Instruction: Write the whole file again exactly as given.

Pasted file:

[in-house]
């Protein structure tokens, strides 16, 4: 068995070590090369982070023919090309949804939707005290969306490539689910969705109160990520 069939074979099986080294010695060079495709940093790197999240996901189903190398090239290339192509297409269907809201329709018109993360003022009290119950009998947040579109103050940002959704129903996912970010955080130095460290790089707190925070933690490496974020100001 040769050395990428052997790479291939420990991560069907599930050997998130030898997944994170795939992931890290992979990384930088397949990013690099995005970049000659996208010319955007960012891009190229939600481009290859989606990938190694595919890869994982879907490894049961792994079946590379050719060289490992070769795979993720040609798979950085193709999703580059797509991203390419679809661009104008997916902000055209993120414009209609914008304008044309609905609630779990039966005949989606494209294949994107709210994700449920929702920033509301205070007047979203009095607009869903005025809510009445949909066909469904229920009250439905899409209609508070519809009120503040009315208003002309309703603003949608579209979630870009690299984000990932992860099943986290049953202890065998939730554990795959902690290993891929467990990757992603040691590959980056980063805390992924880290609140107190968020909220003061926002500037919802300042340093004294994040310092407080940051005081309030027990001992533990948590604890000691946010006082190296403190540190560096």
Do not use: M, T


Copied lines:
[in-house]
């Protein structure tokens, strides 16, 4: 068995070590090369982070023919090309949804939707005290969306490539689910969705109160990520 069939074979099986080294010695060079495709940093790197999240996901189903190398090239290339192509297409269907809201329709018109993360003022009290119950009998947040579109103050940002959704129903996912970010955080130095460290790089707190925070933690490496974020100001 040769050395990428052997790479291939420990991560069907599930050997998130030898997944994170795939992931890290992979990384930088397949990013690099995005970049000659996208010319955007960012891009190229939600481009290859989606990938190694595919890869994982879907490894049961792994079946590379050719060289490992070769795979993720040609798979950085193709999703580059797509991203390419679809661009104008997916902000055209993120414009209609914008304008044309609905609630779990039966005949989606494209294949994107709210994700449920929702920033509301205070007047979203009095607009869903005025809510009445949909066909469904229920009250439905899409209609508070519809009120503040009315208003002309309703603003949608579209979630870009690299984000990932992860099943986290049953202890065998939730554990795959902690290993891929467990990757992603040691590959980056980063805390992924880290609140107190968020909220003061926002500037919802300042340093004294994040310092407080940051005081309030027990001992533990948590604890000691946010006082190296403190540190560096």
Do not use: M, T